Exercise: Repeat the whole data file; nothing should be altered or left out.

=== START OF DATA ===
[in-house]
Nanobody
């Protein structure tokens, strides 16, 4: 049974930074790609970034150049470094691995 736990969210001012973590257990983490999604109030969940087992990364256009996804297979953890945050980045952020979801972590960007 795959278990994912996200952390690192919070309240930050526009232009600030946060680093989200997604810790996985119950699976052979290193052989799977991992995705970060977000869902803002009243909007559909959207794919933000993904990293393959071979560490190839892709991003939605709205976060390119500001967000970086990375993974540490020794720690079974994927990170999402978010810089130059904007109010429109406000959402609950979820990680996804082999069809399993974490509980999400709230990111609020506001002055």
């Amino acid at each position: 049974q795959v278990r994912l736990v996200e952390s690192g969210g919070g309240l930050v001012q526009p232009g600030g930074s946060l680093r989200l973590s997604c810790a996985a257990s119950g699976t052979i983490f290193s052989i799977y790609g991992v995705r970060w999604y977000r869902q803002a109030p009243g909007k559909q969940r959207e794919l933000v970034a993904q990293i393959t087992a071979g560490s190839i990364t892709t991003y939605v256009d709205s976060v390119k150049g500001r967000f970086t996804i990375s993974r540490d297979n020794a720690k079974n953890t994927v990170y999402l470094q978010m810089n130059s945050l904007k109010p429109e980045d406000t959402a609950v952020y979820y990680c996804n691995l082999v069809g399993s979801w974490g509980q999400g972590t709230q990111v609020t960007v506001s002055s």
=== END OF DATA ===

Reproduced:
[in-house]
Nanobody
């Protein structure tokens, strides 16, 4: 049974930074790609970034150049470094691995 736990969210001012973590257990983490999604109030969940087992990364256009996804297979953890945050980045952020979801972590960007 795959278990994912996200952390690192919070309240930050526009232009600030946060680093989200997604810790996985119950699976052979290193052989799977991992995705970060977000869902803002009243909007559909959207794919933000993904990293393959071979560490190839892709991003939605709205976060390119500001967000970086990375993974540490020794720690079974994927990170999402978010810089130059904007109010429109406000959402609950979820990680996804082999069809399993974490509980999400709230990111609020506001002055």
């Amino acid at each position: 049974q795959v278990r994912l736990v996200e952390s690192g969210g919070g309240l930050v001012q526009p232009g600030g930074s946060l680093r989200l973590s997604c810790a996985a257990s119950g699976t052979i983490f290193s052989i799977y790609g991992v995705r970060w999604y977000r869902q803002a109030p009243g909007k559909q969940r959207e794919l933000v970034a993904q990293i393959t087992a071979g560490s190839i990364t892709t991003y939605v256009d709205s976060v390119k150049g500001r967000f970086t996804i990375s993974r540490d297979n020794a720690k079974n953890t994927v990170y999402l470094q978010m810089n130059s945050l904007k109010p429109e980045d406000t959402a609950v952020y979820y990680c996804n691995l082999v069809g399993s979801w974490g509980q999400g972590t709230q990111v609020t960007v506001s002055s």